Casual Sexism: And Why Andy Murray Won’t Stand For It –

Just don’t be the journalist who asks Andy Murray a historical tennis question while forgetting the existence of women. Here’s how it went:

Q: Andy, Sam is the first American player to reach the semi-final of a Slam since 2009 …

AM: Male player.

“That’s my boy,” Judy Murray tweeted.

There was proof, as if any longer required, that this mother’s upbringing of her sons has been pretty near flawless.

  Open her book – Knowing The Score – and discover exactly why. For years – decades – she was told in all kinds of ways to push off and don’t bother the natural order of things where men played the serious tennis and women, well, they didn’t care what women did as long as it wasn’t within the tramlines.

  Hailing from a little town with four courts and Scottish weather, there was no such thing as formal coaches, individual lessons or fitness programmes when she as aspiring to be a player. Neither was there manual nor money (and still that infernal Scottish weather) when she was trying to further the aspirations of her two young boys. Instead, there was a great deal of snide or oblivious dismissal for girls wanting to do anything on the tennis court at all.

  You have to wonder where the Inverclyde National Sports Centre tennis coach is today – and how he views women players in the 21st century, given the time he spent with Judy’s training group when she was a budding player in the 1970s. Invariably he just packed them off to something called the “Air Hall” to play among themselves while he concentrated on the boys.

  “At one point we actually set up a competition to see who could guess the exact number of words he would bother to say to the girls’ group over an entire training weekend. I don’t think he ever reached more than about fifty, and the all-time low was three. ‘Girls. Air hall’.”

  This is not a book that reveals the heartfelt feelings of the entire Murray clan. It doesn’t discuss the private lives of sons Andy and Jamie because she feels that would be an intrusion. It doesn’t particularly discuss her own private life. But it is nothing less than riveting in what it sets out to do: tell the story – a story that makes your eyes pop and blood boil – of the absolute hand-to-hand day-to-day never-say-die combat it took for unconventional people, like women and Scots, to be taken seriously as tennis players and coaches.

  At one point Judy, with trepidation, goes on a course – the LTA’s Performance Coach Award. It comprised ten workshops dotted round England, not Scotland. On her first day she was told by one of the tutors that one of the male coaches who had been refused a place on the course had issued a formal complaint about her getting a place instead of him.

  “A women! Indeed a mum, did not deserve a chance like this, particularly if she were taking the chance away from a man. It was the first time in my working life that a comment about my gender was made to me so openly. And I was shocked.”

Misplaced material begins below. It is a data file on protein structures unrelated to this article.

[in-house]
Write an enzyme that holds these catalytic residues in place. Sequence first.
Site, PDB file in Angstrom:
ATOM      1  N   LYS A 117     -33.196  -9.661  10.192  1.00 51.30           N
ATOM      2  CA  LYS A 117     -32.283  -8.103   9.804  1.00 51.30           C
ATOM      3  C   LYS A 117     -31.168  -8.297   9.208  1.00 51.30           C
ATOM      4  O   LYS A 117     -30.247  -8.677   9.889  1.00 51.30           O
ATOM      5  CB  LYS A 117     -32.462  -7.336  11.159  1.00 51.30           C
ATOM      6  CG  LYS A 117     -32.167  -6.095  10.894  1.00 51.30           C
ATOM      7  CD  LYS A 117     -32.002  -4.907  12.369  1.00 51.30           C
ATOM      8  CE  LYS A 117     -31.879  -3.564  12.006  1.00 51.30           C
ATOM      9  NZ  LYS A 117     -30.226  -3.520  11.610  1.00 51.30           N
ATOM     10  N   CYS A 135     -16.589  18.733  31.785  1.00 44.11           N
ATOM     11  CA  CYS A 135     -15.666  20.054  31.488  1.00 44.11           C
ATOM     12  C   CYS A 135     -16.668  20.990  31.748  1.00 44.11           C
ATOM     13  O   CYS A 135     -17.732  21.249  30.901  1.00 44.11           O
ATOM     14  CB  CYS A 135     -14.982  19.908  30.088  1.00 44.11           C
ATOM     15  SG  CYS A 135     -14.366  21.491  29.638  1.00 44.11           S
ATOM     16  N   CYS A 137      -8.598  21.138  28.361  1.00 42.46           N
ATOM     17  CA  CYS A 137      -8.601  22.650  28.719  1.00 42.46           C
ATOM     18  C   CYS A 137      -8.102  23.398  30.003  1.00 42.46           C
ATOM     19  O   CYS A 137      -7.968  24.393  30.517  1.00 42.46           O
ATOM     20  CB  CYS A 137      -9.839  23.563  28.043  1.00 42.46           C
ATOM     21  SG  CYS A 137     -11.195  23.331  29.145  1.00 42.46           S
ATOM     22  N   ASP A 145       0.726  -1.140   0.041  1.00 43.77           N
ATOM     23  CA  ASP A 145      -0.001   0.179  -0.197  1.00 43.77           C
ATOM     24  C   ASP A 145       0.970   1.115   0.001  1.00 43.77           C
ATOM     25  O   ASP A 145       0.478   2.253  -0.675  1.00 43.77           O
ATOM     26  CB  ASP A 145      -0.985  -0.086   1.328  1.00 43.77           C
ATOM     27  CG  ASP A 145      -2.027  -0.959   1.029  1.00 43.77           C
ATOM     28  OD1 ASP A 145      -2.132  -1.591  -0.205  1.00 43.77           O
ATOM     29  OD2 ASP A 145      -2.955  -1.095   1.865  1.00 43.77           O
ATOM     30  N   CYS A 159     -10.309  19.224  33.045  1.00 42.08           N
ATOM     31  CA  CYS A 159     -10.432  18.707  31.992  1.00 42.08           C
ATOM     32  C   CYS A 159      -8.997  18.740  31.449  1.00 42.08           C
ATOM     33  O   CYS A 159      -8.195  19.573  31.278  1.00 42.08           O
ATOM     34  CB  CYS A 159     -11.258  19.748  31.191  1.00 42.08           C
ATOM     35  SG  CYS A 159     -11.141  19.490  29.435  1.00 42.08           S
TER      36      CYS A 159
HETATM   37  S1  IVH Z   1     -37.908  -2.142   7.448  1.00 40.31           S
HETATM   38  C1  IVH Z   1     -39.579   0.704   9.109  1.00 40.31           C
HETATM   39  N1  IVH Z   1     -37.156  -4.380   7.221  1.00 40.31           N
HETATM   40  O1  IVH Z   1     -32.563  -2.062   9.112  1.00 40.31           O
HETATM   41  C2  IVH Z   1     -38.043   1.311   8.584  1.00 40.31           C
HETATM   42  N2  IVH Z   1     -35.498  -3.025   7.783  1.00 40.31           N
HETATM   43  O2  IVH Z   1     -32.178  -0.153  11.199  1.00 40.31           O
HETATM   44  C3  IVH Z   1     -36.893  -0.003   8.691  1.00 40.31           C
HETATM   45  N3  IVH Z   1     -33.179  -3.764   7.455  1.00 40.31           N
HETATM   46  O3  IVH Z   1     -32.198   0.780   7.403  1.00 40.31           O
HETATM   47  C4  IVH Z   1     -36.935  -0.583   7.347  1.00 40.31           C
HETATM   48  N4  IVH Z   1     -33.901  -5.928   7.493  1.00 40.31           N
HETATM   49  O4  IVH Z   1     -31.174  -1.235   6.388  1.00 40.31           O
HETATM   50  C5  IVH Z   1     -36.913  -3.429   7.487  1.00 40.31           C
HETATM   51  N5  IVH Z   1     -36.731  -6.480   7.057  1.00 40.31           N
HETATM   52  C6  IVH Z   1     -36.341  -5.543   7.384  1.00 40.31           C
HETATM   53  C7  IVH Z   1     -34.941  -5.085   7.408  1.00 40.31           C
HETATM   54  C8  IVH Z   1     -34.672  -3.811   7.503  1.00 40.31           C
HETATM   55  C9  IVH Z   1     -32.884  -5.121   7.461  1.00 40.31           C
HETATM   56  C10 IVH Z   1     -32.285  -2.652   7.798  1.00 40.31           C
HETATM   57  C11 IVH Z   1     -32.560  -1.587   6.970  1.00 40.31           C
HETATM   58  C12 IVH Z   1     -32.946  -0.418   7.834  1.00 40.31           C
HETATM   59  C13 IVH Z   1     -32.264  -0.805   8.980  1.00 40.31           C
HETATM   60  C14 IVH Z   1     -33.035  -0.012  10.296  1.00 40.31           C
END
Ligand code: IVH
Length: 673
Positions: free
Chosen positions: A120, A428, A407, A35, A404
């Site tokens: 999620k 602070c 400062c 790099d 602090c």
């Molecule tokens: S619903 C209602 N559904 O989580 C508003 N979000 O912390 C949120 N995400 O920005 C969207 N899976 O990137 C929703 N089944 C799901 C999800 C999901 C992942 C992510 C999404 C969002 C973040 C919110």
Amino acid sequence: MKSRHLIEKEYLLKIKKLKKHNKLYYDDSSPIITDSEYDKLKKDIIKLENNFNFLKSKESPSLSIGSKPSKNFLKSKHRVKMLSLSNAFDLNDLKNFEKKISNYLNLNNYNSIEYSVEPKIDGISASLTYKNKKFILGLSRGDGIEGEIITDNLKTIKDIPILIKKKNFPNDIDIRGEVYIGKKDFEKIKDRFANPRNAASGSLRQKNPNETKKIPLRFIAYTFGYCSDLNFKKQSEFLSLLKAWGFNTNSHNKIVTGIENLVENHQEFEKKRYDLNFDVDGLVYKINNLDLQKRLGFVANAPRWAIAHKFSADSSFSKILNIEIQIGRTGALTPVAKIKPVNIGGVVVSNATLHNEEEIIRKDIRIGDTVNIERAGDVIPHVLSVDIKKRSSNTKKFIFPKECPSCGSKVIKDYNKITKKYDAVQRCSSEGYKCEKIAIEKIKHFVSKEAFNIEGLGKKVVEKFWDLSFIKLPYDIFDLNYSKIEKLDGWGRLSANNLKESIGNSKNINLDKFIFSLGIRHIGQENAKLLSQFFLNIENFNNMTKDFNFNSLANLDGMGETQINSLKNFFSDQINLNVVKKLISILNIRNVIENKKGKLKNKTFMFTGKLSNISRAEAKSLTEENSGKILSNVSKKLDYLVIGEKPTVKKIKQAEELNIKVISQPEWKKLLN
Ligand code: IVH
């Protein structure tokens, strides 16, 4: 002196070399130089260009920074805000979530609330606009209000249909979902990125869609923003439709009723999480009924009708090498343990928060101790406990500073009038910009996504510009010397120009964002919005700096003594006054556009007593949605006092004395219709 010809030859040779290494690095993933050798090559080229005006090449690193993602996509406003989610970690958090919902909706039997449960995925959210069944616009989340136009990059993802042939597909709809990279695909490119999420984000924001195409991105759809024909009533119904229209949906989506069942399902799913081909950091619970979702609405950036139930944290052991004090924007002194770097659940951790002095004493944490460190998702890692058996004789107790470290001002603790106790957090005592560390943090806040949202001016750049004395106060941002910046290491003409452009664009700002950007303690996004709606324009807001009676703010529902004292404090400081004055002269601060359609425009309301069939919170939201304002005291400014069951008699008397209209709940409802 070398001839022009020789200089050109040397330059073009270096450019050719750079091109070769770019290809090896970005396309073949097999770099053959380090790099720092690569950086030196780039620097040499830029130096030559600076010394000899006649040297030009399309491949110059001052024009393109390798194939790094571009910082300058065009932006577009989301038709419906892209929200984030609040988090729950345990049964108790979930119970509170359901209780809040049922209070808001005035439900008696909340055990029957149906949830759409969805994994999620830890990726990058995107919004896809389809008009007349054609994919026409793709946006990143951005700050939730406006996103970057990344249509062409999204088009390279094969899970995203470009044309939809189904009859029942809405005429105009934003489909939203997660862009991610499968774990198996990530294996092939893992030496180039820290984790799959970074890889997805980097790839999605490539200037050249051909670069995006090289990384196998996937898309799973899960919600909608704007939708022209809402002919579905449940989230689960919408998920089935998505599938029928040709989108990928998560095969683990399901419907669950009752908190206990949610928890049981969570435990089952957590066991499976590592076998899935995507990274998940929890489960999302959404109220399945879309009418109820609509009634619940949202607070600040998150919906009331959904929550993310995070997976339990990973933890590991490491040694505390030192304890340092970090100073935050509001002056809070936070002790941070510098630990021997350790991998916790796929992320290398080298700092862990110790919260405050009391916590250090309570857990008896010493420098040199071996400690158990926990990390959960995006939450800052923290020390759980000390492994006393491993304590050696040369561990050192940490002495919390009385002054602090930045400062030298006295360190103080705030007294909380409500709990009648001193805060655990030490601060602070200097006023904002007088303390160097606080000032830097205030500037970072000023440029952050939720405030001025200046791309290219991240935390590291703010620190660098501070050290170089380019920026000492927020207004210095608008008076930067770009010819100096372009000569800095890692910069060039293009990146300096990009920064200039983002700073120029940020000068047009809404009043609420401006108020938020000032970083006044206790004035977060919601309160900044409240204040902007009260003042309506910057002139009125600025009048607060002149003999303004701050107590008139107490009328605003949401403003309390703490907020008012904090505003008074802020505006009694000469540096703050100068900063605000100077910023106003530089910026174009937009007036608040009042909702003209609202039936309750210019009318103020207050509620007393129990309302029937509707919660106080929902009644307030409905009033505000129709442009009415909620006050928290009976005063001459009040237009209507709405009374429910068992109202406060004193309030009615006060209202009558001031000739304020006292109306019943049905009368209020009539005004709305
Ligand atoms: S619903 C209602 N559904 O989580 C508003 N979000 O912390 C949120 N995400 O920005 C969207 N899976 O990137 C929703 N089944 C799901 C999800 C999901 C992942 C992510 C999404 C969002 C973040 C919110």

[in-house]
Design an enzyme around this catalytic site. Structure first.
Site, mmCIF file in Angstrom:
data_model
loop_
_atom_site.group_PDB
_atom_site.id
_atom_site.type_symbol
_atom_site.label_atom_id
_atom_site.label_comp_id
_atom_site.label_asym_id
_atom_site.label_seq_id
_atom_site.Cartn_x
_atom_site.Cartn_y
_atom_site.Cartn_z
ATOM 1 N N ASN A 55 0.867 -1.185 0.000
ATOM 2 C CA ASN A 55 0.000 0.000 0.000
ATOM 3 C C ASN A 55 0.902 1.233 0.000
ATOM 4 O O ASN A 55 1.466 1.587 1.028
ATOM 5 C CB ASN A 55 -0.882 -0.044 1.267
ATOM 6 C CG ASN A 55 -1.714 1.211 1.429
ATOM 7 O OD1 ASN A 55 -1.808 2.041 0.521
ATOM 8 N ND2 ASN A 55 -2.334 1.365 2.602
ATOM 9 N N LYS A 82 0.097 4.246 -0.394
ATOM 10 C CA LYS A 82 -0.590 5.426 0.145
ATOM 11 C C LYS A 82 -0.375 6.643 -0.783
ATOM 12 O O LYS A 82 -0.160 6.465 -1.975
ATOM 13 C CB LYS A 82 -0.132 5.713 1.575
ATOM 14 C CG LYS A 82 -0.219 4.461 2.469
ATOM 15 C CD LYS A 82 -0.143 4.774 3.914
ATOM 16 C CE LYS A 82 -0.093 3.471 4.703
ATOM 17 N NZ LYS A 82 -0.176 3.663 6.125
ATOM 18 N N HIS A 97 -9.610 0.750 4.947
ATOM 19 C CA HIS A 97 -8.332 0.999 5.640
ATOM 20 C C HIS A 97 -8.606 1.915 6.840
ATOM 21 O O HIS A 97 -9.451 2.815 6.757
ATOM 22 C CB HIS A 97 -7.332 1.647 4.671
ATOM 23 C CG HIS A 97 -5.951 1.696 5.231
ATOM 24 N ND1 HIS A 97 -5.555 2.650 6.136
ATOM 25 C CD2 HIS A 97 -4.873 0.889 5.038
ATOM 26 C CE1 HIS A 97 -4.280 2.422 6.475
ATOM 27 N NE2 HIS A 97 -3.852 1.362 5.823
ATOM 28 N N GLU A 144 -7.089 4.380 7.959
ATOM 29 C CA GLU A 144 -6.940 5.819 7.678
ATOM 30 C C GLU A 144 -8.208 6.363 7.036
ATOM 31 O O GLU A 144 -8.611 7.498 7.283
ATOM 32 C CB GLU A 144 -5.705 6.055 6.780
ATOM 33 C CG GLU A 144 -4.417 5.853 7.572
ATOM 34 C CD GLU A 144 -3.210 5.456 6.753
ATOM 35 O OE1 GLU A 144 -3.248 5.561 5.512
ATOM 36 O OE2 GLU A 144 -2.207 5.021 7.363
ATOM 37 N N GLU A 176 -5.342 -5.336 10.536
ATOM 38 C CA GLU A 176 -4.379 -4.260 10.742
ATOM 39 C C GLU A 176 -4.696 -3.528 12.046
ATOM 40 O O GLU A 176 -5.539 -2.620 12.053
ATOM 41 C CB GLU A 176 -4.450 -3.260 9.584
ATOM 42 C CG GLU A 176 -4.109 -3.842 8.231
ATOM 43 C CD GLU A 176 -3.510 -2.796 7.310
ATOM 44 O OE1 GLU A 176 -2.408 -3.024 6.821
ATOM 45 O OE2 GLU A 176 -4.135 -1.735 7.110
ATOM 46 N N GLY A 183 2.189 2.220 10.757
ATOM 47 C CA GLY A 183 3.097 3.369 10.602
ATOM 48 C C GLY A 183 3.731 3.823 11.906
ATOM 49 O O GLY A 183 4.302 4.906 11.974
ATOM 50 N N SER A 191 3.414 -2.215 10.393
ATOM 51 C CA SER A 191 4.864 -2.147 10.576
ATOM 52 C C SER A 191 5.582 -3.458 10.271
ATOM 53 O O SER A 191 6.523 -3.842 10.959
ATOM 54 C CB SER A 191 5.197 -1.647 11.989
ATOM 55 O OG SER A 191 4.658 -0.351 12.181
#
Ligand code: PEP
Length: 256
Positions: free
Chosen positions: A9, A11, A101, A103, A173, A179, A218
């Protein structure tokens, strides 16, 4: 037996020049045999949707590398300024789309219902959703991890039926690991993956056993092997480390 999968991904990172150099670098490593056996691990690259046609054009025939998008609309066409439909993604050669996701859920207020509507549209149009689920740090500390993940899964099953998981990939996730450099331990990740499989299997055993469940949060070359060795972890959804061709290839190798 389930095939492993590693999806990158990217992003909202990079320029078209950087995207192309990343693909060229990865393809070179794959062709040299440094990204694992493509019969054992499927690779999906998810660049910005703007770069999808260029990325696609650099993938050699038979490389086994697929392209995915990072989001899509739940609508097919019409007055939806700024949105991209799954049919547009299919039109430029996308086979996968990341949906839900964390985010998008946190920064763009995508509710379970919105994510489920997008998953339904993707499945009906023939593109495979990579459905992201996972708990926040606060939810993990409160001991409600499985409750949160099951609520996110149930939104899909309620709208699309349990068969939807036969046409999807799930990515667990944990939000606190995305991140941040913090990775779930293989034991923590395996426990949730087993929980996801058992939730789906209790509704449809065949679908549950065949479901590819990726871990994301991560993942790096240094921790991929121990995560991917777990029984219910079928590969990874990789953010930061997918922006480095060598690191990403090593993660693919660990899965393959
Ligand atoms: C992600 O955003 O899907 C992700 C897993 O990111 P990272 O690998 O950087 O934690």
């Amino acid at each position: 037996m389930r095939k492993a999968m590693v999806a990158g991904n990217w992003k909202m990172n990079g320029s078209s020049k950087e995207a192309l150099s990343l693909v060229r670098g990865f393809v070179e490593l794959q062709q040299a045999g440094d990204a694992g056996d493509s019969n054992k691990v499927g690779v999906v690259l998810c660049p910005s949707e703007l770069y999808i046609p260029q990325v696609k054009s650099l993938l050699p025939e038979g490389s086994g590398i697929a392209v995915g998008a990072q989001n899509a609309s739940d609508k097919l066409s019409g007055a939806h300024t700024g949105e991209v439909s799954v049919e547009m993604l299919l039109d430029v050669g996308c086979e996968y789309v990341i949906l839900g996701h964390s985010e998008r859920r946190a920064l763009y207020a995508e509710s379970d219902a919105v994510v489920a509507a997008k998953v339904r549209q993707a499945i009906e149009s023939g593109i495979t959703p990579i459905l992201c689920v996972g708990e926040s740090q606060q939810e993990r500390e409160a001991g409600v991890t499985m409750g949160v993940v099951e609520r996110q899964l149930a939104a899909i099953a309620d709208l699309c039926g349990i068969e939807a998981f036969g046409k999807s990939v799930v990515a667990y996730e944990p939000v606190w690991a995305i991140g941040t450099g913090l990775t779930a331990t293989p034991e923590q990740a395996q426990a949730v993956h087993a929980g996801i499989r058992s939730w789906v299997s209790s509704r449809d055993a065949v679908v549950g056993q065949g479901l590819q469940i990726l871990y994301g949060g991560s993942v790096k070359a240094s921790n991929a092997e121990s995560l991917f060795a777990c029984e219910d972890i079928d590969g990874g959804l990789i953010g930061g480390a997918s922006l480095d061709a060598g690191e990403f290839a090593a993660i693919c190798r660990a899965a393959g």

All sorts of nonsense went on. Biomechanics talk of ‘upper body rotation’, which Judy worked out meant ‘turning your shoulders’. She quietly decided that when coaching children she would carry on with her version which they would actually understand. And, finally, she had to conduct a 45-minute session with a few players while judged by assessors.

  Guess what? “I had to compete the lesson with a 17-year-old male player, and then take a group session with four pupils, all boys. There were no girls on the assessments. There were no girls even mentioned.” There are quite a few italics in this book and every one of them roars her outrage and incredulity.

  There is ruthless honesty here, too. Not every woman would be brave enough to rehearse an occasion that left her so fantastically humiliated that she tried to avoid public events for years. She was picking up an award for Andy at a predominantly male gig wearing a green M&S jacket (£29.99) and a longish denim skirt, unable to go glam while the family finances were so squeakingly tight.  

  On stage she tried a bit of banter with the hosting comedian and football pundit, Tam Cowan, who decided to put her down. “Could he [Andy] not have bought you anything decent to wear tonight then?” he said, smiling at the audience.

  She heard the roar of blood in her ears and felt her face go crimson as people laughed. 

  “It would be impossible to overestimate the impact that one moment had on me. I’m almost embarrassed to admit how much it affected me. I just wanted to get off the stage and stay off stages forever. After years of being a confident, adventurous spirit, I began to dread, and then to avoid, walking into rooms where I didn’t know anyone.”

  Now, a women of tungsten and stray bits of Strictly glitter, she is unapologetic and unafraid. She makes the rest of Britain look like slackers, having failed – all of us – to produce a single Wimbledon champion or world No1 in their sport, let alone two.  And this book isn’t about revenge on those people, including other women, who had no vision nor care nor ambition for unexpected items in the tennis area. It’s about saying: ‘Sod it. If they won’t do it, I will.”

  And she did. Still does.

*Knowing The Score: My Family and Our Tennis Story by Judy Murray, published by Chatto & Windus, £18.99  


Sue Mott is an award-winning sport journalist who has worked on radio, TV and the written press. Sue’s latest articles

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